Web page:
Another outing was our trip to the Koala Sanctuary. What trip to Australia is complete without a Koala or a Kangaroo? The thing is, it's January here.  And were at 27.5 degrees South latitude, so it's the middle of Summer and HOT!  The animals, especially those wearing fur coats, were not keen for lots of activity.

But when we found the exhibit with newborns, we remembered,  the little ones always have lots of energy.   

Mom is sound asleep here, but little kiddo is wide awake.

Next it was time to meet the Kangaroos.  You have to see them hopping about to realize, they are like no other species.

Like the Koalas, these Kangaroos liked the shade on a hot day.

We don't know all that many Kangaroos,  but the ones we met were all very polite, and had the kindest eyes.  

You can tell the tourists - they're the ones with the little paper bags of 'roo food.  But the Kangaroos don't beg.  If offered, they'll usually take it, very gently, leaving you with a slobbery hand.

But they're just as likely to chill with you, and let you pet them and scratch them behind the ears.  Like dogs, they love those scratches behind the ears and if you stop, they'll give you a look like:

Hey! I'm still here, don't stop!

Otherwise the Kangaroos prefer to remain contemplative, introspective, stoic.  They have a lot on their minds.  

The whole experience reminded us of pictures Dusty sent from a similar park in Adelaide years ago.

We had time to kill so we took Moonshadow across Moreton Bay to Moreton Island and an anchorage near the Resort of Tangalooma, about 20 miles away.

Like Fraser Island, to the north, where we had visited in November, Moreton Island is a huge sand island.  Comprising 72 square miles, it is the third largest sand island in the world (Fraser Island is the largest).  The western shore has several sections with very steep sand blows, probably all excellent for sand tobogganing but that's prohibited on the cliffs we saw for erosion and safety concerns.

The anchorage there is protected by a dozen wrecks, deliberately put there in the 1960's to create an artificial reef.

Placed on the shallow sand bar just off the beach, these rusting iron wrecks are a popular snorkel and fishing destination.

We anchored just inside the wrecks for protection from the wind and waves.

A vehicle ferry appears each morning bringing dozens of 4wd trucks which are allowed on the beach and inland sand roads.

Aussies come just to have a day on the unique beach, to swim, fish, or... row?  This is how great new ideas are hatched:  One guy, facing aft has an oar, while the other guy, facing forward, is using a paddle.  We would never have thought of this solution, but watching these two we realized they have found the best way to spin a tinnie in circles.  (tinnie:  Aussie for aluminum boat).

We had time to kill because the specialized FOFO 
(Float On - Float Off) ship had just left 
Tahiti on its way to Brisbane.

Time enough to reflect back on our adventures.  Here is what six years cruising looks like by the numbers:
  • 31,000   nautical miles travelled
  • 22          countries visited
  • 389        ports of call
  • 315        places anchored for 733 nights
  • 74          marinas berthed for 948 nights
  • 29          moorings taken for 83 nights
  • 4            ship yards - on the hard for 239 nights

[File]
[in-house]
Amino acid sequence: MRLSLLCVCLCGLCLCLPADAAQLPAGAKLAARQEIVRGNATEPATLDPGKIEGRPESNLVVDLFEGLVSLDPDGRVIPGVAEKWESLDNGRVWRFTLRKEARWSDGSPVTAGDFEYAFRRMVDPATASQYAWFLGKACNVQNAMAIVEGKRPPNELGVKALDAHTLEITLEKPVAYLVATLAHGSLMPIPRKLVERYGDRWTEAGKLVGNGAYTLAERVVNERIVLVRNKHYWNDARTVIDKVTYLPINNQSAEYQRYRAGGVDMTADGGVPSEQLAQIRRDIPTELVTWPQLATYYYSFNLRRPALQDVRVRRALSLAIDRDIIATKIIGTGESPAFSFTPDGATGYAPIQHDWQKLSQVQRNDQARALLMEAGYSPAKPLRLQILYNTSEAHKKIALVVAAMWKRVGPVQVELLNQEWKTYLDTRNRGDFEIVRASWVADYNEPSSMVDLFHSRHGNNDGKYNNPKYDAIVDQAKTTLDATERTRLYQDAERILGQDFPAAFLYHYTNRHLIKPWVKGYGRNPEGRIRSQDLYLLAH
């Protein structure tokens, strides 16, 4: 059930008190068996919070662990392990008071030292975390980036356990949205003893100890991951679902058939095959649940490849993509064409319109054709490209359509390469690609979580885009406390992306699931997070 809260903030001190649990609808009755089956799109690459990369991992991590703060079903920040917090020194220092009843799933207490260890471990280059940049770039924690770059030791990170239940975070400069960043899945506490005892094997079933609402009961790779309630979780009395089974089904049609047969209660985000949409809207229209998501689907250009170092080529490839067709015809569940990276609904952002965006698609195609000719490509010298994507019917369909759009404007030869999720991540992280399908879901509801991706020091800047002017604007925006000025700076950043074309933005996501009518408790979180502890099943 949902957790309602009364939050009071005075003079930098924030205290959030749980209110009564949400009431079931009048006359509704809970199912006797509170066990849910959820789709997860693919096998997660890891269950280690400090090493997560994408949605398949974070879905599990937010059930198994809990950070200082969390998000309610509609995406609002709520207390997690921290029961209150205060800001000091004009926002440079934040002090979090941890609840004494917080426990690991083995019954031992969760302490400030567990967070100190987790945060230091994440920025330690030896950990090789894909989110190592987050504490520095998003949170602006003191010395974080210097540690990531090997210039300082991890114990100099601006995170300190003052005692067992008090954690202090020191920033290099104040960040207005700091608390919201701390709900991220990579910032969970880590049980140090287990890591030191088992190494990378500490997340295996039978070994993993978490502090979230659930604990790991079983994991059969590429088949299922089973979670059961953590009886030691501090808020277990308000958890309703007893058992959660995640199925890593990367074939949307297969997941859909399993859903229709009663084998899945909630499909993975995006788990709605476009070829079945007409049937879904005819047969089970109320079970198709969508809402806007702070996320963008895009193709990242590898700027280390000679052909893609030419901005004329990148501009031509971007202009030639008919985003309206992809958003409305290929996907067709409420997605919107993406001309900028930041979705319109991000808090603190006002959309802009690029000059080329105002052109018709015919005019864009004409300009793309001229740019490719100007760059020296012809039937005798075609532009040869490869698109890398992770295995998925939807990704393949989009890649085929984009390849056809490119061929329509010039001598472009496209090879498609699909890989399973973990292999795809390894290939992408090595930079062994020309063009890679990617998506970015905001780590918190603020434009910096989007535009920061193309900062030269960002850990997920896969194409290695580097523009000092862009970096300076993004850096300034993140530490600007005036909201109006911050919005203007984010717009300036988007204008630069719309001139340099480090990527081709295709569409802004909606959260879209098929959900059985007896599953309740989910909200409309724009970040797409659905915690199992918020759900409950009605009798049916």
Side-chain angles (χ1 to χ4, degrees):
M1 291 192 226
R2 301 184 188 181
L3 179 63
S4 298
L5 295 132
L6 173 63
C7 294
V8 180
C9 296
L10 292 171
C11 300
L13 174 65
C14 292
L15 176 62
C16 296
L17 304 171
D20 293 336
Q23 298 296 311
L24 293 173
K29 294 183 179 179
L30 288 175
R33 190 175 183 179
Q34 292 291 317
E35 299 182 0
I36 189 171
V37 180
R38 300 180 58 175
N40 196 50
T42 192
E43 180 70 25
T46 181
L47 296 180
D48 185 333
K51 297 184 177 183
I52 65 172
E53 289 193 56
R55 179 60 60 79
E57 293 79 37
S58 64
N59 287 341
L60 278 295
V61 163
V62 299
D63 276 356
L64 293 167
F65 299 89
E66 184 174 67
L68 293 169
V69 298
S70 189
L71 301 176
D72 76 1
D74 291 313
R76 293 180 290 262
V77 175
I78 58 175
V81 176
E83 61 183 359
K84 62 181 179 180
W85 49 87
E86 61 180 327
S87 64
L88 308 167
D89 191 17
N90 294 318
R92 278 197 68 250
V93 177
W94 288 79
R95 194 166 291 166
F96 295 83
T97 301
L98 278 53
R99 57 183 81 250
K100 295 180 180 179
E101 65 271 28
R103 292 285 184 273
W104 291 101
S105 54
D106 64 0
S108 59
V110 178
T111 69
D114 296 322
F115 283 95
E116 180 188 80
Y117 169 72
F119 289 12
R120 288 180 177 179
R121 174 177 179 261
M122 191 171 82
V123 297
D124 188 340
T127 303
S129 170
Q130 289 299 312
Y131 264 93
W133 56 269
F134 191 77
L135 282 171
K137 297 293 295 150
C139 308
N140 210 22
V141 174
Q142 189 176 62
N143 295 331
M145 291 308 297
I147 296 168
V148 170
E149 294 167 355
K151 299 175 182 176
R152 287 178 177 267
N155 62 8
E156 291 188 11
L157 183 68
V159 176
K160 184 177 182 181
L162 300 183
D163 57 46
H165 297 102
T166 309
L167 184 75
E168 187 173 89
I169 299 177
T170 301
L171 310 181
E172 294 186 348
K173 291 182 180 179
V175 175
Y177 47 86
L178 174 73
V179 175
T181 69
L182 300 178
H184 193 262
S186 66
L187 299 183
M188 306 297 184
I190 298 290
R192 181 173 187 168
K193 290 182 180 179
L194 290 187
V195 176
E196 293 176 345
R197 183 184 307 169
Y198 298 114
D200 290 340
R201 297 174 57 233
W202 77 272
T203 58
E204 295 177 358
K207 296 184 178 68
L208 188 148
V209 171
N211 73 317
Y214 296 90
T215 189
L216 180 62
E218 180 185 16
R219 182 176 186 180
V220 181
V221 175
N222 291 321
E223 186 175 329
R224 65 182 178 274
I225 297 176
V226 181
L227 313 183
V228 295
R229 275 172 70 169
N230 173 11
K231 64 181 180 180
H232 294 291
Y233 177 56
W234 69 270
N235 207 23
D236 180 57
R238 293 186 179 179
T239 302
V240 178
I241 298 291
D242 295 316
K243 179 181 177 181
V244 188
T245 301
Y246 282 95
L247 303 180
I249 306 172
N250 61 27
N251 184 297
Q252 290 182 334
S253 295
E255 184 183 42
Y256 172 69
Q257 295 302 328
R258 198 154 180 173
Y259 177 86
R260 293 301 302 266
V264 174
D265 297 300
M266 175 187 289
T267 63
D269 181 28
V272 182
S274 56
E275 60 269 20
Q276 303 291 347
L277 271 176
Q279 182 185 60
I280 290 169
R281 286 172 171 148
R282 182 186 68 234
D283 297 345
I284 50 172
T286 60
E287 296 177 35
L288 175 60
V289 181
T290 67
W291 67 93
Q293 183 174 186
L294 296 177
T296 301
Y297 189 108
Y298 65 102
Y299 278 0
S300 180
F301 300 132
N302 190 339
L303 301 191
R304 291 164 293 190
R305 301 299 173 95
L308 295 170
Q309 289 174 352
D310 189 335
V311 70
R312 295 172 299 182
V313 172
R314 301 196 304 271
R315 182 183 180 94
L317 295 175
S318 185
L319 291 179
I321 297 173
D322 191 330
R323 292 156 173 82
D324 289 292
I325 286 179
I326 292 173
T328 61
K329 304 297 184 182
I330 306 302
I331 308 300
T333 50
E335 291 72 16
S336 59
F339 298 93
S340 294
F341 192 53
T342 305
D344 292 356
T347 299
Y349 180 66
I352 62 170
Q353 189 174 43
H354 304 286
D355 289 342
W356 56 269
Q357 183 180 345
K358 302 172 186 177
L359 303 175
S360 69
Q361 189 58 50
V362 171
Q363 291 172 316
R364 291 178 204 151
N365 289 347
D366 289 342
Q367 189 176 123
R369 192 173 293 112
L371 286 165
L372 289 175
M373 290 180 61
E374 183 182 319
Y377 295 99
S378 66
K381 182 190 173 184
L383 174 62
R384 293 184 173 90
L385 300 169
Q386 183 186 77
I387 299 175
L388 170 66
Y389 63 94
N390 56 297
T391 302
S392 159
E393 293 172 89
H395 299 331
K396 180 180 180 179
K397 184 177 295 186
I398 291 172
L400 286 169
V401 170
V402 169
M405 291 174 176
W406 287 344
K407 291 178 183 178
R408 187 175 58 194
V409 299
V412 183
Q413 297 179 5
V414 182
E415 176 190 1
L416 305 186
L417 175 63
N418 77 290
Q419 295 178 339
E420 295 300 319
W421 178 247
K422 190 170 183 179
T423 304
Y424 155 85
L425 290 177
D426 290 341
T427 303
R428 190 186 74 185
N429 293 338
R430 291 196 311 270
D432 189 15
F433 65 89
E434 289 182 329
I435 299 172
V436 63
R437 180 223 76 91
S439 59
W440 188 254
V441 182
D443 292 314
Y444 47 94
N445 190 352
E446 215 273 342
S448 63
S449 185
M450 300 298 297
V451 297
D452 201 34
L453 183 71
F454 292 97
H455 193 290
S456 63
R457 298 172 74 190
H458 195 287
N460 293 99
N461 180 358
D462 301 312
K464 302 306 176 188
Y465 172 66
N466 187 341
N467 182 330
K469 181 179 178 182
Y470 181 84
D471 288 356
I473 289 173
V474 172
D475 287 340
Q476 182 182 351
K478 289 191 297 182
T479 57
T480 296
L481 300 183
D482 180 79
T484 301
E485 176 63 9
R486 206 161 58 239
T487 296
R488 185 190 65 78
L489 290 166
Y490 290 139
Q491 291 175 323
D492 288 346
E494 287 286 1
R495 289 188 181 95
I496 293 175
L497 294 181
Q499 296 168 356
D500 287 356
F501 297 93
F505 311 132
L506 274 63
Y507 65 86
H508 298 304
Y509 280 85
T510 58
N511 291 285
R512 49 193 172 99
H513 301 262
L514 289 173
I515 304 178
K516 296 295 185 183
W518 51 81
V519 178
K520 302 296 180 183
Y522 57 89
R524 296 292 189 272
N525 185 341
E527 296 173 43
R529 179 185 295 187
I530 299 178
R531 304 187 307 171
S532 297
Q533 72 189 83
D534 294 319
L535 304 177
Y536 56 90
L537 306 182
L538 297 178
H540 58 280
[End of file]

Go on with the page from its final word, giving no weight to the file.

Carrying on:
• 4,287     hours underway
  • 10%       time underway - 90% enjoying destinations
  • 126        days/nights on 24 hour passages - 19,434 miles
  • 19          24 hour passages over 200 miles (39 over 190)
  • 233        highest distance covered in 24 hours
  • 7.23       average speed underway
  • 7.66       average speed on 24 hour passages
  • 29,900   photographs taken
  • 153        blog posts

But cruising is most definitely not a numbers game.  It's the places, cultures, and the people we meet that make lifelong memories.

Just about 5 miles north of our berth is a long container ship dock at the entrance to the Brisbane River, where we were expected to load Moonshadow onto the Dockwise Yacht Transport ship Yacht Express.  This part is definitely a numbers game.  Show up late and the shipping company can charge $25,000 for demurrage.  So we had our route to the dock all planned.  All 14.9 miles of it.  Three alarm clocks were deployed for the Sunday morning appointment with the ship! 

We showed up early and steamed in circles in the channel for an hour as other yachts exited the ship. Finally it was our turn and we nosed Moonshadow into the open stern of the flooded ship.  What a feat of engineering this vessel is.  The whole thing sinks to allow yachts to enter and tie up, then, in an operation that takes 12 hours, they pump all the water out and sail to the next destination.

So this will be home for  our home, Moonshadow, for the next month.  The mother ship Yacht Express heads first to Auckland, New Zealand where they will discharge some of these yachts and pick up some others, including friends we'd sailed the South Pacific with, Vlad and Galena, aboard Wind Dancer.  From there it's on to Ensenada Mexico.

Good news:  We were pleased to learn from the friendly crew that Moonshadow will be washed down every day with fresh water, to keep the sooty exhaust from damaging her exposed surfaces.  Awesome!

More good news:
Moonshadow has been cleared out of Australia.  Evidently the Border Force wasn't interested in revisiting to see how their  tamper-proof seal stickers did on Moonshadow's secure stash of liquor and wine.  

Good thing as all the stickers were broken when both of us inadvertently opened the lockers, forgetting all about the seals!

Fantastic News:

As we were checking off some of the last items on the lengthy check-list prior to loading Moonshadow onto the ship, we received a letter from San Diego Yacht Club .

Moonshadow's new home on C dock
It was from the dockmaster's office offering congratulations on the fact we've been assigned a permanent slip at the club for Moonshadow!

So all that's left for us now is to fly back to San Diego and wait about a month for Moonshadow to arrive in Ensenada Mexico, then sail home.  After that, it'll be back to never missing a sunset.  Too bad Australia won't be in any of them for a while!